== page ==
From the www.monabaker.com archive (legacy material)
Suspended Labour MP George Galloway today attacked a newspaper which has apologised for claiming the anti–war campaigner had taken millions of pounds from Saddam Hussein.
Mr Galloway insisted that he always knew the allegations were based on "malice, fabrication and forgery" and would "soon fall apart".
The Christian Science Monitor previously reported on its website that Mr Galloway had been given millions of dollars by the deposed Baghdad regime to promote interests in the west.
But it has now reported that an "extensive investigation" had revealed the six papers which formed the basis for the story were forgeries.
The newspaper said two of the "oldest" documents – dated to 1992 and 1993 – were actually written within the past few months.
Paul Van Slambrouck, Monitor editor, said: "At the time we published these documents, we felt they were newsworthy and appeared credible, although we did explicitly state in our article that we could not guarantee their authenticity.
"It is important to set the record straight. We are convinced the documents are bogus. We apologise to Mr Galloway and to our readers."
The rebel politician said he was the victim of a conspiracy after a newspaper publicly apologised for accusing the MP of taking money from the deposed regime.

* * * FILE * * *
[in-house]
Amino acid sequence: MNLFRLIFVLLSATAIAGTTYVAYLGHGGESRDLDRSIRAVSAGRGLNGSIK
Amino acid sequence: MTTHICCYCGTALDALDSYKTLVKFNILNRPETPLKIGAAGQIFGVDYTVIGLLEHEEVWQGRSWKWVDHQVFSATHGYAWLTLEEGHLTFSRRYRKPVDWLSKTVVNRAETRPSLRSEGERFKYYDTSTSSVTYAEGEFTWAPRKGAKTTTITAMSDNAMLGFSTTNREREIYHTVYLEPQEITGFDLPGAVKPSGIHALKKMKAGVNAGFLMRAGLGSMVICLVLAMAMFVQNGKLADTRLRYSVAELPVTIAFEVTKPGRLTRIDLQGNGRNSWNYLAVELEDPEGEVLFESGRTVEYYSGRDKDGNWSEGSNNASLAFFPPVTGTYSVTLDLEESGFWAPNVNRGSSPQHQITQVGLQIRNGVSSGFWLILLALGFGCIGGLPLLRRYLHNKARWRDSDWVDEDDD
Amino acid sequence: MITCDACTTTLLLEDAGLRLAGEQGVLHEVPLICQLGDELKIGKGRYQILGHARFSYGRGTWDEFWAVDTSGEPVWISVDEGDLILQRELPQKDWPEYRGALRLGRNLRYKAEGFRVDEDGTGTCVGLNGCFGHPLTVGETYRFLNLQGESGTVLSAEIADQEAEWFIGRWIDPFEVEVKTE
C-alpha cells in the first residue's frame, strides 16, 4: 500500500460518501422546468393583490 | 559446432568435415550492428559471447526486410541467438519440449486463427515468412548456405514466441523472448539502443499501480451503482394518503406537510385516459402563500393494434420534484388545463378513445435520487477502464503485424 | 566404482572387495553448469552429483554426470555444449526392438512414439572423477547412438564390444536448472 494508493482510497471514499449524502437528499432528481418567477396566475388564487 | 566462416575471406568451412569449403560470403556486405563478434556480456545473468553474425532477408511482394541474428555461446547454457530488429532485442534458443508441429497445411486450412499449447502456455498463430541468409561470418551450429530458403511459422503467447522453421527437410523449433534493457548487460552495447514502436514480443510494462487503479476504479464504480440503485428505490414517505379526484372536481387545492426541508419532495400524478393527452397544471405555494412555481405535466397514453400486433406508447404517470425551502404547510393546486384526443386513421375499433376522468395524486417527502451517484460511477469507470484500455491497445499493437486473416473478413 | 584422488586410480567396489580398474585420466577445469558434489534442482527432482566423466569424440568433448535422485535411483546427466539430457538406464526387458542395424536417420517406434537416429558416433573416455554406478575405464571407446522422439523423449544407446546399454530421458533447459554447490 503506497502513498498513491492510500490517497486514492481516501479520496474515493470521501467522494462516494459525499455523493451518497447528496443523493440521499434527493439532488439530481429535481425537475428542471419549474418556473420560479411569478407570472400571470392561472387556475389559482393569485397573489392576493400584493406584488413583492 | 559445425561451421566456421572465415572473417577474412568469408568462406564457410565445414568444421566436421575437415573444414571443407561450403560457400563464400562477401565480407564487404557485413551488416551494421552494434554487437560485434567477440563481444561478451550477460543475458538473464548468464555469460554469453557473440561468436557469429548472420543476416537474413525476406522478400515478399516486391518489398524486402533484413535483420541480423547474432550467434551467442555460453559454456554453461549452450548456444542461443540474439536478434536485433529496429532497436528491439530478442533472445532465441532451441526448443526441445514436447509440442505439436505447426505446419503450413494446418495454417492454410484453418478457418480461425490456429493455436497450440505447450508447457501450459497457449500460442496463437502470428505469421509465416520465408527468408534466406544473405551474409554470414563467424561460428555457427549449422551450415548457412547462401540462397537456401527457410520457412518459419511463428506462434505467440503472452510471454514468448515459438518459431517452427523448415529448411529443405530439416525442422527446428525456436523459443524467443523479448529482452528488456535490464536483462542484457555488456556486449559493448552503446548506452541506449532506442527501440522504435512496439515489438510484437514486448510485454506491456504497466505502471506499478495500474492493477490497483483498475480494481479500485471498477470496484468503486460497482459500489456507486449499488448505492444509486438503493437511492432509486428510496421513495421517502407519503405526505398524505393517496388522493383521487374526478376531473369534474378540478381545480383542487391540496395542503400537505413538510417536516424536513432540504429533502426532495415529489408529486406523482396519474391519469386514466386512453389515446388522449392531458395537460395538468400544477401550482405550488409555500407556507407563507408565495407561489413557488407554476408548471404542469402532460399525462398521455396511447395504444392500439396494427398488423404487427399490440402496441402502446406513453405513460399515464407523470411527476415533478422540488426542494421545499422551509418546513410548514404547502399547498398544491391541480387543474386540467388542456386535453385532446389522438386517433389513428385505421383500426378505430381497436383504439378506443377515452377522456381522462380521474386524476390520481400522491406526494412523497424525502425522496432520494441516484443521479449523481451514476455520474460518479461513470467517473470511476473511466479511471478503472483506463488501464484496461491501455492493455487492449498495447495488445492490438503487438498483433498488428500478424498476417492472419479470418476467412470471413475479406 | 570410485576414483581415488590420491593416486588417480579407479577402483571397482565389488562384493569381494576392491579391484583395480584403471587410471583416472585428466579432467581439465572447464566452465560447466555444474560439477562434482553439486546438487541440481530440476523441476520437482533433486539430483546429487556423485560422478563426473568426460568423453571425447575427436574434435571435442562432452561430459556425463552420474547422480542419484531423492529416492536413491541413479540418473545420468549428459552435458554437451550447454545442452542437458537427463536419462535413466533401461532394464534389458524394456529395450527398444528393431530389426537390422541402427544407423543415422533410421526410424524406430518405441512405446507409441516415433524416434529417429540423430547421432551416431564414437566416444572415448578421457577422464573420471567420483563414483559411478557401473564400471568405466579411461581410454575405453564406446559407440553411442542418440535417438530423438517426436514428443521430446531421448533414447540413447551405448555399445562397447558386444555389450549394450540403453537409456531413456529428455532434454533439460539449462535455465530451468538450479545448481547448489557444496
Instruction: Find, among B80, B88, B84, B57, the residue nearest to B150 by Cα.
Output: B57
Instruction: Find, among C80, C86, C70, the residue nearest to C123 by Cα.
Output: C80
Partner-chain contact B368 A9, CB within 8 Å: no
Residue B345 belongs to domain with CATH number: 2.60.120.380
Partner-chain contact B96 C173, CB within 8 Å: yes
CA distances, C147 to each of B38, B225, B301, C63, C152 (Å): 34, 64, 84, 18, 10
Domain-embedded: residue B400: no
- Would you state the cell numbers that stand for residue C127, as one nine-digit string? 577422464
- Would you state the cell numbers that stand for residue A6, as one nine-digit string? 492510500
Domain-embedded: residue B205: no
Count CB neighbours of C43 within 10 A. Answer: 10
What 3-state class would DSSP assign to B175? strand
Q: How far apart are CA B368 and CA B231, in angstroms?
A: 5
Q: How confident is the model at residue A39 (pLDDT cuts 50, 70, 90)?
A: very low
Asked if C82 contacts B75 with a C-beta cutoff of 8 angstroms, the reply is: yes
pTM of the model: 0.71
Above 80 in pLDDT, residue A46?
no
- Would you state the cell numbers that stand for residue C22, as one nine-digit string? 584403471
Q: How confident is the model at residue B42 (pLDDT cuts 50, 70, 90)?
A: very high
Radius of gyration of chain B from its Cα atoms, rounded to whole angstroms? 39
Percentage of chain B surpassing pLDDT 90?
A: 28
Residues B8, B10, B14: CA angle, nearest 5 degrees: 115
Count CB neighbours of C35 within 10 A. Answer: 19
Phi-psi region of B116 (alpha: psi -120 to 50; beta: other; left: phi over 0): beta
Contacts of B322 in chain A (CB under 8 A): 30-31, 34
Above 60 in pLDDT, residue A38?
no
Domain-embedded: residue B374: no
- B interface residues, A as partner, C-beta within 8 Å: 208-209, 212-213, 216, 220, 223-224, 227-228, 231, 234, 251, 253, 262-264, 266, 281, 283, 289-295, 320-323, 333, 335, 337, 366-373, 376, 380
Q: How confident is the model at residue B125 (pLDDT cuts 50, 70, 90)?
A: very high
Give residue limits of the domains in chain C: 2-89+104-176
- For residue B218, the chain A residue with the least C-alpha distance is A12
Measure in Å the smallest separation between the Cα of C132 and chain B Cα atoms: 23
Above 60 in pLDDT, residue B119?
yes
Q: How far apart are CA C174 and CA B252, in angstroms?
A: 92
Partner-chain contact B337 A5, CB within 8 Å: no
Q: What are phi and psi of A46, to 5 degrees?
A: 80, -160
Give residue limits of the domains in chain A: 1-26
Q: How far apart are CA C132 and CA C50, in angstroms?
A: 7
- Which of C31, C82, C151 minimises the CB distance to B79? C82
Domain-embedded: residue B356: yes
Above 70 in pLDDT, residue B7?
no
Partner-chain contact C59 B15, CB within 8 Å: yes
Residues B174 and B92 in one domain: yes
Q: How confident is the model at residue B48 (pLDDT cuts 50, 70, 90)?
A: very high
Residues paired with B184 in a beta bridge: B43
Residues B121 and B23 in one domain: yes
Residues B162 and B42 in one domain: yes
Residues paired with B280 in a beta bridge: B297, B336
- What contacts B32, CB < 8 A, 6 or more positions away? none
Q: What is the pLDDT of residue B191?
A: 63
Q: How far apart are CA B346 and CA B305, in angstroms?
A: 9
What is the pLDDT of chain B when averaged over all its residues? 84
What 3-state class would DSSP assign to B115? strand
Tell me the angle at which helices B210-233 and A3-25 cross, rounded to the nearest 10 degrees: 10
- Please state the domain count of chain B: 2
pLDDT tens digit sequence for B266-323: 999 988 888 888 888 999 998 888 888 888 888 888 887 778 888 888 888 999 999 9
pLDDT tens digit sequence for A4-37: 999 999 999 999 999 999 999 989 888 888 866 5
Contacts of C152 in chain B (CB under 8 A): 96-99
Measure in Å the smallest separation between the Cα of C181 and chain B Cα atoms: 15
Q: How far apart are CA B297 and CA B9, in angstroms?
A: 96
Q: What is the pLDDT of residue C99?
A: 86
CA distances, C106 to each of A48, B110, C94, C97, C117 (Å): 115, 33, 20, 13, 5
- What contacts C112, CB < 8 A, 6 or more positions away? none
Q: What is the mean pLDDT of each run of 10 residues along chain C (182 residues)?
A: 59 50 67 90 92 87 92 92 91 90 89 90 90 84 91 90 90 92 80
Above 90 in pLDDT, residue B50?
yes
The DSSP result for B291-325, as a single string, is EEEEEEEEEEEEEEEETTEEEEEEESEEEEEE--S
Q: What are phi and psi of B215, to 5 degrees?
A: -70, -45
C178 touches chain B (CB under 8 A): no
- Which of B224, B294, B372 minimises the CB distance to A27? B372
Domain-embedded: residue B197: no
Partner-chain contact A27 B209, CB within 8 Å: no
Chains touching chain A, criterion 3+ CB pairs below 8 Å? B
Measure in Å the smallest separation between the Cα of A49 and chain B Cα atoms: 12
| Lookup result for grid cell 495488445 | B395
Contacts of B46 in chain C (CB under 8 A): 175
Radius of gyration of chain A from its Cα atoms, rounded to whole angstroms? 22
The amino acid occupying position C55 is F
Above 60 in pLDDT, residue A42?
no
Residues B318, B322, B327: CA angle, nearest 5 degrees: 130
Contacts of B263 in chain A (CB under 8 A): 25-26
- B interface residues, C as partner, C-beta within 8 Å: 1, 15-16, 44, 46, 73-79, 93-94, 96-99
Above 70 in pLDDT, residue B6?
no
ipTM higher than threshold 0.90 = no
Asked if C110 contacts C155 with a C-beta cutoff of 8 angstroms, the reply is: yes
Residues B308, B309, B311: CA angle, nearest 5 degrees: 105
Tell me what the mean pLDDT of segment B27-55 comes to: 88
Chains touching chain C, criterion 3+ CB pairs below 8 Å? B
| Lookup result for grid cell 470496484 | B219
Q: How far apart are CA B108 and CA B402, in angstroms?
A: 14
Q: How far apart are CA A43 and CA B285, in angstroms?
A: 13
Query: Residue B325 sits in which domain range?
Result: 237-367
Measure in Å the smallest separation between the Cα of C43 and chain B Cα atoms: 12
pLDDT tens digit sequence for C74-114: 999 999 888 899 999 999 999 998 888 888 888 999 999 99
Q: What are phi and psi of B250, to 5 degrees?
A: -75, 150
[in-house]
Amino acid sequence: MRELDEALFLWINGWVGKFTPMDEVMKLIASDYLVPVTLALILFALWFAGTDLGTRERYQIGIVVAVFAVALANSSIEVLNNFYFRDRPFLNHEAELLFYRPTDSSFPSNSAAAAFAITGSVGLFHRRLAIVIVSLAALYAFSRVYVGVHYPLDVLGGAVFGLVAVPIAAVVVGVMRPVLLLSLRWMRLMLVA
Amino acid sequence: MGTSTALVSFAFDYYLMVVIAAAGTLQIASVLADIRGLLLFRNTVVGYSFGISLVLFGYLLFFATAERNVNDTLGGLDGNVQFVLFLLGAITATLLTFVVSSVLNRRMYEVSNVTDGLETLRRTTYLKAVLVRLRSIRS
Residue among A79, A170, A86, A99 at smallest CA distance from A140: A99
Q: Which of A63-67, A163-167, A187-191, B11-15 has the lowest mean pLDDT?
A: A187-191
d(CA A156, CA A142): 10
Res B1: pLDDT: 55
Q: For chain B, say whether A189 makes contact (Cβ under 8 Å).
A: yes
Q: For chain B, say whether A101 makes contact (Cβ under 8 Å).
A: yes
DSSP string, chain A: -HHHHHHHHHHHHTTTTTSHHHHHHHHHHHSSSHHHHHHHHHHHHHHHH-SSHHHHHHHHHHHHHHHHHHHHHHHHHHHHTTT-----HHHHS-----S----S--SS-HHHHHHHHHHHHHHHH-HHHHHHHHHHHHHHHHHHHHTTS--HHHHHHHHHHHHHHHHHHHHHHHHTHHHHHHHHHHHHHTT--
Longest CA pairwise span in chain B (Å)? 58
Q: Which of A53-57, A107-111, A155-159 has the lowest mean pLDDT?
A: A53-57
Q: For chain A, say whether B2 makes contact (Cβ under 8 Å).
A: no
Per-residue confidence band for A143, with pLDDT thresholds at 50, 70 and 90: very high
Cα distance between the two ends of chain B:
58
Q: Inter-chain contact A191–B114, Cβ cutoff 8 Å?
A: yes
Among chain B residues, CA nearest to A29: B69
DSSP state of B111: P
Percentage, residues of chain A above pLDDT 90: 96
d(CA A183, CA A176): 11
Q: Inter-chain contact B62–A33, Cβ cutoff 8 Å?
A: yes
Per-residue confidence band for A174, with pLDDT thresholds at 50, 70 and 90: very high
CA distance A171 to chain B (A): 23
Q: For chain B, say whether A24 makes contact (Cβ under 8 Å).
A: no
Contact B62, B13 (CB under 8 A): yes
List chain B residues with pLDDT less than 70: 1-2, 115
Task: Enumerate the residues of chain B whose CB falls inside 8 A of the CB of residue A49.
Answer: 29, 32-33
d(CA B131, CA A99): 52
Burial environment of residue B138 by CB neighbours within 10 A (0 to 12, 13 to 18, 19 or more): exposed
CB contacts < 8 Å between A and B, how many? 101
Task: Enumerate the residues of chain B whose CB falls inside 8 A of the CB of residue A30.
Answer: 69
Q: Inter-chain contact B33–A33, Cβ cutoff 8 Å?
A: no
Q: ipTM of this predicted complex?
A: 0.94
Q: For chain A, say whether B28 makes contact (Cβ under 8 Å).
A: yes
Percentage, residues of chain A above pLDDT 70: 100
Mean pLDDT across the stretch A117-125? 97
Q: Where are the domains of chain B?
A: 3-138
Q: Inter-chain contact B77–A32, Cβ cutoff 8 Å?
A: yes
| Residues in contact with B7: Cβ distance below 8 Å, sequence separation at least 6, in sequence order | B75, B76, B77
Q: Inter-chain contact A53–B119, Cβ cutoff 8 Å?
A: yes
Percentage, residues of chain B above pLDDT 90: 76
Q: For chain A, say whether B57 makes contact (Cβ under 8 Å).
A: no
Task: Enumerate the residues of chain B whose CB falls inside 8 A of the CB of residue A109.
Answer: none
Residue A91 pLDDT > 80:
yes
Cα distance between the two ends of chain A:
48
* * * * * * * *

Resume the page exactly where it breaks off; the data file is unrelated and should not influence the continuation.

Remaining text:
He also rejected the apology from the Christian Science Monitor and pledged to continue his legal action against the newspaper.
In a statement, he said: "I want to know who forged these documents.
"I am calling on the Prime Minister, as head of the co–occupying power in Iraq, to investigate how this conspiracy came about.
"As a member of the House of Commons, indeed as a British subject, I have the right to the protection of the British intelligence services from a conspiracy hatched by persons unknown but whose handiwork was conducted in foreign territory co–occupied by Great Britain."
Mr Galloway added: "I don't accept their apology. Firstly, a newspaper of their international standing should have conducted these basic checks on the authenticity of these documents before they published them and not more than two months afterwards.
"This internationally–renowned newspaper published on its front page, in virtually every country in the world, that I took 10 million dollars from Saddam Hussein, based on papers which have proved to be forgeries.
"They did not even speak to me before publishing these allegations. My legal action against them continues."
Mr Galloway was suspended from the Labour Party over comments he made in an interview to an Arab television station.
He branded Prime Minister Tony Blair and US President George Bush as "wolves".
Both the Parliamentary Standards Commissioner, and the Charity Commission, have begun investigations since the Iraqi cash allegations were made.